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There is an amazing machine digging a two-mile tunnel as part of Seattle’s expanding infrastructure. It’s an ambitious project, reminiscent of Boston’s Big Dig. The lady doing the work goes by the name Bertha*.Screen shot from Tunnel Talk's http://www.youtube.com/watch?v=EM She’s a lot of woman – with a height of nearly 60 feet and her weight registering north of three tons. She’s also one heck of a tunneling specialist. First employed in 2013, she bore through 1,100 feet of ground—more than 10% of the total length of the tunnel­—in the first six months on the job. With only a few initial hiccups, there was great joy and anticipation for the completion of the project.

However, about fifteen months ago, Bertha overheated and came to a standstill. For a long time, no one could figure out what was wrong. Finally, the crew discovered a broken seal in need of replacement. With considerable effort and time, the construction team brought Bertha back to the surface for repairs. Poor girl. All she wants to do is dig dirt.

I can empathize with Bertha. I’ve had days (albeit not a year) when I am mired in a project, unsure how to reach completion. This week I counseled a few writing students who felt the same about their research papers – as if they were floating adrift in the academic sea while their work remained inert on a sandbar.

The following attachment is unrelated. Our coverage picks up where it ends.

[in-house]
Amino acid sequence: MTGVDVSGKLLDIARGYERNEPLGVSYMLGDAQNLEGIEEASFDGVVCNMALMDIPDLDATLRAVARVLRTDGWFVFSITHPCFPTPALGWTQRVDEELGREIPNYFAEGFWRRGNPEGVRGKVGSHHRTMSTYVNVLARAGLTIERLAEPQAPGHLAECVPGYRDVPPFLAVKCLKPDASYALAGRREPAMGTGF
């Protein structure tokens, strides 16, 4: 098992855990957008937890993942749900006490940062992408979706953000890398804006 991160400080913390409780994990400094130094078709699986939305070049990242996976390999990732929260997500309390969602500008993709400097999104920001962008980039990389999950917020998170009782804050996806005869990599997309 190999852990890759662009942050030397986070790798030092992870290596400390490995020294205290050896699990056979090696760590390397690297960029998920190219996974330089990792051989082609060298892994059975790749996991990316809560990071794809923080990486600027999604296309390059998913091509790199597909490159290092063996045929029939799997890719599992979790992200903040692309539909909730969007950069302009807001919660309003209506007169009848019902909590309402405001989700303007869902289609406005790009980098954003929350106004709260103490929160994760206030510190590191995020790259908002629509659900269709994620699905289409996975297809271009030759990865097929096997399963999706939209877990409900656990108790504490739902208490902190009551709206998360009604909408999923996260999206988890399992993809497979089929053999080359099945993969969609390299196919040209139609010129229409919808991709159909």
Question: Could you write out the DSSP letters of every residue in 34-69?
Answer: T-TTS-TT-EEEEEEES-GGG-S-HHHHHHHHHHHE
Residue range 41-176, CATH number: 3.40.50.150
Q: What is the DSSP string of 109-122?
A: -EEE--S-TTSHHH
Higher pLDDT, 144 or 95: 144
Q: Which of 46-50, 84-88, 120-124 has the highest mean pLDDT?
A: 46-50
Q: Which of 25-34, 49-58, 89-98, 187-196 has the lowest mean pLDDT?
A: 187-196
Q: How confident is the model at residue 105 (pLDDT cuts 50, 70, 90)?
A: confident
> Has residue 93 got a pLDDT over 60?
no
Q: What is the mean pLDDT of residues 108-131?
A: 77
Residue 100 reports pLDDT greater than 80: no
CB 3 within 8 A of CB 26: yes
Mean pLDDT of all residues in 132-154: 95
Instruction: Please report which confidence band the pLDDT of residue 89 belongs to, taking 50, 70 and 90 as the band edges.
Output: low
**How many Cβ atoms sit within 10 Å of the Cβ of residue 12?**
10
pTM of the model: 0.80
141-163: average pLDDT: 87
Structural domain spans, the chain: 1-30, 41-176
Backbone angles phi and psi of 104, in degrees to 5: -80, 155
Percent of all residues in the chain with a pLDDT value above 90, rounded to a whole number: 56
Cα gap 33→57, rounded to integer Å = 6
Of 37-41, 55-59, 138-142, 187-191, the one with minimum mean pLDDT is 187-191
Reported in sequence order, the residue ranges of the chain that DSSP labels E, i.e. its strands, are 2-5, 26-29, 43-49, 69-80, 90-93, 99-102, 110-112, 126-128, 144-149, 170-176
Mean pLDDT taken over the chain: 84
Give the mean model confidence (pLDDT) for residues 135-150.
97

Being stuck in a middle of a project does not have to have dire consequences or cause grave consternation. Just like with Bertha’s, there is a reason for the stall. Assess the situation and find out what is causing you to overheat. Maybe your project requires retracing a few steps to ensure the work is meeting the targeted goals and objectives. Perhaps you need to reassess and reestablish the risks. Or maybe it’s worthwhile to brainstorm with an associate.

momentum1Once you’ve found the cause, look at the situation as a lesson in psychics: an object in motion is easier to keep moving than one that is stopped. When you do restart your project, give it that extra push needed to get your momentum moving again.

There is high anticipation for Bertha to get back on track, and for all of us as well.


*Bertha is named after Seattle’s only female mayor, Bertha Knight Landes, who served from 1926-1928.


Age: 2
 57.5 feet
Weight: 7,000 tons
Length: 326 feet
Occupation: Tunneling specialist
Likes: Dirt, small boulders, perfectly formed concrete rings
Dislikes: Sunlight
Role models: Bertha Knight LandesMarc Isambard Brunel, whoever invented the shovel